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Hospital and medical staff leadership is key to compliance with JC dangerous abbreviation list

From the August 12, 2004 issue

How is your organization enforcing compliance with the Joint Commission's National Patient Safety Goal (2b), which requires the elimination of dangerous abbreviations and dose expressions? This seemingly simple practice change has the potential to prevent untold tragic injuries - such as a brain injury that a patient sustained when a nurse misinterpreted a "U," intended to mean "units," as a zero. Yet it seems that getting approval for a list of prohibited abbreviations and dose expressions is one thing; implementing it is another. Not to minimize the difficulty with making any system-wide change, it's still hard to understand why any practitioner might be reluctant to comply. So, is it simply a matter of not knowing the harm that can follow the use of certain abbreviations, longstanding habits, or something else?

To address the difficulty with achieving compliance with this important initiative, the Joint Commission offers several helpful tips (see Most focus on educating, advocating, and reminding staff. Only one tip seems to be directly related to enforcement: "Direct pharmacy not to accept any of the prohibited abbreviations. Orders with dangerous abbreviations or illegible handwriting must be corrected before being dispensed." A corollary to that - enlisting nurses to help notify physicians - may also be employed. Unfortunately, following this advice has spurred numerous reports of burdensome workloads for those making the calls, and strained relationships between the medical staff and nurses and pharmacists who are being forced to police the issue.

For example, some physicians are so disturbed by the calls that, in turn, they refuse a request to change the order that contains a prohibited abbreviation or dose expression. As a result, another attending physician must be called to obtain the necessary orders. A mid-sized hospital reported that, during April-June, pharmacists had made 519 calls to physicians for just one abbreviation, "QD." Additional calls had been made for other prohibited abbreviations, too. But the results so far have been less than favorable. In fact, some prescribers no longer answer pages from pharmacy, believing it's just another call about a prohibited abbreviation! Also, the time interval for answering the page has been notably extended, thus delaying drug therapy. To make matters worse, during a Joint Commission mid-cycle survey, a surveyor told one hospital that they could still be cited for non-compliance, despite frequent calls to prescribers, because a few prohibited abbreviations had been found in medical records.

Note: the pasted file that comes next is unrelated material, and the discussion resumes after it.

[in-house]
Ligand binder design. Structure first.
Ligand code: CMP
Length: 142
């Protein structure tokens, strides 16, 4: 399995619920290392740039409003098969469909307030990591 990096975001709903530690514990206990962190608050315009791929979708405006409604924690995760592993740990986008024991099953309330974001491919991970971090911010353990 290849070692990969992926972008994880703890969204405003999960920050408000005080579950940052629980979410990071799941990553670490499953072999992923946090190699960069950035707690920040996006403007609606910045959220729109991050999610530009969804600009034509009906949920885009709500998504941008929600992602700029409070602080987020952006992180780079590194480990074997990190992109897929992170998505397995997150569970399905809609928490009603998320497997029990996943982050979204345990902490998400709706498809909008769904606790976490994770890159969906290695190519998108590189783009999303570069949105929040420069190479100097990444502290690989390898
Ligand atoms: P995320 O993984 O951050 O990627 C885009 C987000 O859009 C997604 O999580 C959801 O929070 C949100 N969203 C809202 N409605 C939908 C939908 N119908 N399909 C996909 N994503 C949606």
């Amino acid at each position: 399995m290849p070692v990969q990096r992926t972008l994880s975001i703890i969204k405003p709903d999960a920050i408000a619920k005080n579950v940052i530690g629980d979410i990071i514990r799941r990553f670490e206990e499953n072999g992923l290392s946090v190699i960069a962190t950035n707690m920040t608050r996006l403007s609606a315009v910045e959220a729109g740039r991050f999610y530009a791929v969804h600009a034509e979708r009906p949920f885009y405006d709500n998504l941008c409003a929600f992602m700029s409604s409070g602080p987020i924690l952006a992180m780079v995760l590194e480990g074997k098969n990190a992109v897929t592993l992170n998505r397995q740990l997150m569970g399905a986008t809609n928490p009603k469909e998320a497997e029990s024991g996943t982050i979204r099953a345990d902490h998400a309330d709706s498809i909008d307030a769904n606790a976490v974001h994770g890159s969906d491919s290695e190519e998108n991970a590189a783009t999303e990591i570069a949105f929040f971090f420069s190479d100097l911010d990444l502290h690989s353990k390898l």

The real issue here is that enforcement of prohibited abbreviations requires more than asking pharmacists or nurses to alert prescribers to lapses in compliance. It's a system-wide problem that requires peer-to-peer interaction along with full support from hospital and medical staff leadership. Hospitals that have been working on this initiative relentlessly for years report that the most effective way to enforce physician compliance is to make it a physician-owned process.(1,2) When educational efforts failed to produce significant change, these hospitals pursued operational changes, such as preprinted orders, targeted pages, and email reminders, to initially improve compliance. Then, after enacting a zero tolerance policy, medical staff leaders interacted with physicians who were non-compliant. Pharmacists and nurses still played a role in collecting data about non-compliance, and even notifying individuals when there was a lapse in policy. But the medical staff stepped up to the plate and addressed all issues of repeated physician non-compliance.

The elimination of error-prone abbreviations also needs to be pervasive both within organizations and externally. You can't expect practitioners to eliminate the use of specific abbreviations if they still appear on computer screens, drug labels, drug administration records, preprinted orders, and other forms of communicating drug therapy. Likewise, professional journals, academic facilities, medical device and computer software vendors, and the pharmaceutical industry need to embrace this issue and make it a high priority. So far, many have not!

In November 2004, the Joint Commission plans to convene a National Summit on Medication Abbreviations with participation from leading physician, nursing, pharmacy, administrative, and academic research organizations. Recognizing the challenges that healthcare organizations face in eliminating the use of dangerous abbreviations, the goal of the summit is to define the scope of the problem, discuss the need for a universal "do not use" list of abbreviations, and explore how healthcare organizations can successfully address the problem. A consensus list of certain abbreviations to eliminate is the intended end product. However, ISMP is hopeful that the summit will also elicit: (1) proficient enforcement strategies that have been culled from successful organizations; (2) realistic timeframes and objective criteria for surveyors' assessment of compliance; and (3) learning about new types of errors that could result when prohibiting the use of abbreviations (see the Safety Brief, New sources of error, to the right for examples).

References: (1) Traynor K. Enforcement outdoes education at eliminating unsafe abbreviations. Am J Health-Syst Pharm 2004; 16:1314-5. (2) Joint Commission Resources. A guide to JC's medication management standards. Oakbrook Terrace, IL: JC; 2004. p. 142-6.

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